isTable                     table
            isTableCell                 table cell
            isTableRow                  table row
            isUnorderedList             unordered list (OOo only)

Other element methods

        For a neater and more direct access to element types, see the
        getName method of XML::Twig::Elt. A call to $element->getName
        returns the element's XML name including its namespace prefix
        e.g. 'text:p' for a paragraph or 'table:table-row' for a table
        row. Remember that all the features of XML::Twig::Elt are
        available for any text container.

Properties

        No class variables are exported.
        Instance properties are the same as for OODoc::XPath, plus:
            'delimiters'        => delimiter table
        hash giving the relation between element types and the delimiters to
        use when exporting text (see getText).
            'use_delimiters'    => delimiter usage (see getText)
        indicates whether delimiters are to be used by getText or not when
        exporting text. Set to 'on' by default. Can be set to 'off' or
        another value to stop or limit use of delimiters.
            'heading_style'     => default header style
        indicates the default header style to be used by element creation
        methods when no style is specified. Set to 'Heading 1' by default.
            'paragraph_style'   => default paragraph style
        indicates the default paragraph style to be used by element creation
        methods when no style is specified. Set to 'Standard' by default.
            'field_separator'   => field separator
        contains the character string to be used as the field separator when
        exporting tables. By default it is ";".
            'line_separator'    => line separator
        contains the string to be used to separate lines when exporting
        "flat" text. By default, it is a line-feed ("\n").
            'max_rows'          => max table length (default 32)
            'max_cols'          => max table width (default 26)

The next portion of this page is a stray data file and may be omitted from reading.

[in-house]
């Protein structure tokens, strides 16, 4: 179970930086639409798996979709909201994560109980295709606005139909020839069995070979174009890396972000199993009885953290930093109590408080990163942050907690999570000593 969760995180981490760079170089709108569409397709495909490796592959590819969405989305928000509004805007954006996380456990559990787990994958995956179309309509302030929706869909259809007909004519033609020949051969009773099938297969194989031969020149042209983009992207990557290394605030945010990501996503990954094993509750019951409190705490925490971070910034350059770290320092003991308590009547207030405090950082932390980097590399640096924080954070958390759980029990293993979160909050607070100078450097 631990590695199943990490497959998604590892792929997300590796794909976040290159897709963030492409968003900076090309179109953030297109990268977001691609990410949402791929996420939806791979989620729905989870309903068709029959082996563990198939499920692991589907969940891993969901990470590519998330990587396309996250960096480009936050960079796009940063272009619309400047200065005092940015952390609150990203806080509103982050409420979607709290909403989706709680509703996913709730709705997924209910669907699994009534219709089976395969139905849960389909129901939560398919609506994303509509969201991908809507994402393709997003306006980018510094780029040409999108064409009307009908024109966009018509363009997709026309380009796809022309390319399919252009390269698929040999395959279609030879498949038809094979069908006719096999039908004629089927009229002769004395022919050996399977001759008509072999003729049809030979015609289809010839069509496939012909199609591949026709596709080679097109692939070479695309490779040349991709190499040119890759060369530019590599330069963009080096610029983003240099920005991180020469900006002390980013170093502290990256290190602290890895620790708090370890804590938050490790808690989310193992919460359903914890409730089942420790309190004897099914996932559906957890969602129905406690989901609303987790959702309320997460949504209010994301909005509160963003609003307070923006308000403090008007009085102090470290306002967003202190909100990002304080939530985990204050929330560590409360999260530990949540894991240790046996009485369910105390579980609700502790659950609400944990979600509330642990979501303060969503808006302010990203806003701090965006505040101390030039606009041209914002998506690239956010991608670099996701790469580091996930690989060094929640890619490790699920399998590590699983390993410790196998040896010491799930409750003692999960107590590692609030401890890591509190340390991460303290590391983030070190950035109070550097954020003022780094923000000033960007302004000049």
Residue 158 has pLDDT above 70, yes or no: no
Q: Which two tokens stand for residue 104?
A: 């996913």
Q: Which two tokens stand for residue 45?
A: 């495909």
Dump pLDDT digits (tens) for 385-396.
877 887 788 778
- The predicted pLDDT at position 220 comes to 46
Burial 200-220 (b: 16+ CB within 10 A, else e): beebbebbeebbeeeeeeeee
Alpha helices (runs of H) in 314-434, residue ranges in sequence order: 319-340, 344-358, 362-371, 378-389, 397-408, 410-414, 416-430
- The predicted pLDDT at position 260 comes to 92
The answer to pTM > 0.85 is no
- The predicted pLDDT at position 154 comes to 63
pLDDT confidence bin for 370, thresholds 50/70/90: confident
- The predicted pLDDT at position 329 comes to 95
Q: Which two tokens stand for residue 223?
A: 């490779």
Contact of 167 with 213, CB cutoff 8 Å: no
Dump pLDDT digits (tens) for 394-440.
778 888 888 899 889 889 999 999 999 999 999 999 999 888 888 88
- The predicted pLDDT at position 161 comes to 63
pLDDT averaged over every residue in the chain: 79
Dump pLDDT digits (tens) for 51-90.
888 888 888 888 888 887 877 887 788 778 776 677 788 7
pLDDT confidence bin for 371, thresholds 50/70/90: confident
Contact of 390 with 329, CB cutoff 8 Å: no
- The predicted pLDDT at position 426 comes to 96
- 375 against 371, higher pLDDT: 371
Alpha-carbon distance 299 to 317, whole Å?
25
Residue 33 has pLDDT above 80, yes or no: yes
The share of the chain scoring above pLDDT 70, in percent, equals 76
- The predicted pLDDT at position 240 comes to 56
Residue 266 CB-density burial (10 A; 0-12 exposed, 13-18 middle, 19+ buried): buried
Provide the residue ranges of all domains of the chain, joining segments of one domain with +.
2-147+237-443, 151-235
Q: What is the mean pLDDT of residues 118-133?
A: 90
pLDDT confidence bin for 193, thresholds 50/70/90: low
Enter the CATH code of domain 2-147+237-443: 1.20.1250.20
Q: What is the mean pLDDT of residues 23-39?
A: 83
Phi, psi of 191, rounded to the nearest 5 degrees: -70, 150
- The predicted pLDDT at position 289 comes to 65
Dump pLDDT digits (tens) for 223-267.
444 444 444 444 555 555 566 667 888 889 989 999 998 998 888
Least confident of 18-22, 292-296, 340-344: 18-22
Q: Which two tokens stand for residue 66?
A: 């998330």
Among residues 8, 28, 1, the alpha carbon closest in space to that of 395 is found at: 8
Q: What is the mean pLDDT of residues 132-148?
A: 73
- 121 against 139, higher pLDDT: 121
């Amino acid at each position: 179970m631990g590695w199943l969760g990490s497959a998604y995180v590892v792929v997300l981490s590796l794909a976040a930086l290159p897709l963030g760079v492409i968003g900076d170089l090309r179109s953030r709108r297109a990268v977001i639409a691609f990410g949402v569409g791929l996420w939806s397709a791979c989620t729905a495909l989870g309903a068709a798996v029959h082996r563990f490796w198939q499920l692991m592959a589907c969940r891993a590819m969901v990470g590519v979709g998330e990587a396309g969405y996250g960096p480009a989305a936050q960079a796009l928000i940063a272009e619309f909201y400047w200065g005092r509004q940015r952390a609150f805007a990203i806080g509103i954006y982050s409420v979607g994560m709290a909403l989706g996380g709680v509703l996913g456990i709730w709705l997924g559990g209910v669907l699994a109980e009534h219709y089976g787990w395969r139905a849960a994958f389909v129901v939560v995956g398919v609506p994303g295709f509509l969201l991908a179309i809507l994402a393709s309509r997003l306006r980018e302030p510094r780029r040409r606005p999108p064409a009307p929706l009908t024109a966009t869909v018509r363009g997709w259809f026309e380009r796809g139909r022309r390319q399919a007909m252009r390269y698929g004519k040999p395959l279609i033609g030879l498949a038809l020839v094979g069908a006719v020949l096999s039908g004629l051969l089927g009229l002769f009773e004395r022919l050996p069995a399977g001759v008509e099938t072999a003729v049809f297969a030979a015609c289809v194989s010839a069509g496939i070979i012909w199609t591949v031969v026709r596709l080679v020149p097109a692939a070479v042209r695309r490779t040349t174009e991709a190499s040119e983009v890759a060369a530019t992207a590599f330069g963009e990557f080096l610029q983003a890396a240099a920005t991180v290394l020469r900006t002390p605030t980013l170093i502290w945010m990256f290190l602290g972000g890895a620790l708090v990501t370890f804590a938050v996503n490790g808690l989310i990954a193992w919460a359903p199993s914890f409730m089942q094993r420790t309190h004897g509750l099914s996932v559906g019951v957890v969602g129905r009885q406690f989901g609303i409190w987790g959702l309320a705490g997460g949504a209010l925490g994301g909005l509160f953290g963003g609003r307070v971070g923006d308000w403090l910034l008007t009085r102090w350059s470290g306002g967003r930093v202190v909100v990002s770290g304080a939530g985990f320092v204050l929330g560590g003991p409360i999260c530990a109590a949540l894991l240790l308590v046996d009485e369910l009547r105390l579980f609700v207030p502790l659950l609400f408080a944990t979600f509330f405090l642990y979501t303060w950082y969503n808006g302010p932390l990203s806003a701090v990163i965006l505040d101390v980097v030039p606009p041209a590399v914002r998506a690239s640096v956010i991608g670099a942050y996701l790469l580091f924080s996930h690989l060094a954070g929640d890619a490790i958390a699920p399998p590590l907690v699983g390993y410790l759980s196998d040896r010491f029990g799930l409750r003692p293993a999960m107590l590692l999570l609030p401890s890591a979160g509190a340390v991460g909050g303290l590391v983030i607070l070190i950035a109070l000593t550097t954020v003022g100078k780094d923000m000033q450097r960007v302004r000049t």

these 2 properties control the size of the "managed area" in a
        spreadsheet; the default "managed area" is the A1:Z31 rectangle,
        corresponding to the (0,0)-(31,25) coordinates; see getTable() and
        getCell() and normalizeSheet() for more explanations.
            'expand_tables'     => table transformation usage
        indicates whether the XML representation of the spreadsheets are to
        be expanded in order to allow the same cell/row addressing scheme
        as with the tables belonging to text documents; by default, this
        property is not set. If this property is set to 'on', the first
        access to any sheet will automatically trigger this transformation,
        so the explicit normalizeSheet() method will not be needed.
        However, this automatic (but costly) transformation has a drawback:
        it uses the same 'max_rows' and 'max_cols' values for every targeted
        sheet, whatever the really needed managed area for each one.


AUTHOR/COPYRIGHT

Developer/Maintainer: Jean-Marie Gouarne http://jean.marie.gouarne.online.fr

Contact: jmgdoc@cpan.org

Copyright 2004-2007 by Genicorp, S.A. http://www.genicorp.com

Initial English version of the reference manual by Graeme A. Hunter (graeme.hunter@zen.co.uk)

License:

        - Licence Publique Generale Genicorp v1.0
        - GNU Lesser General Public License v2.1
 OpenOffice::OODoc::Text - The text processing submodule of OpenOffice::OODoc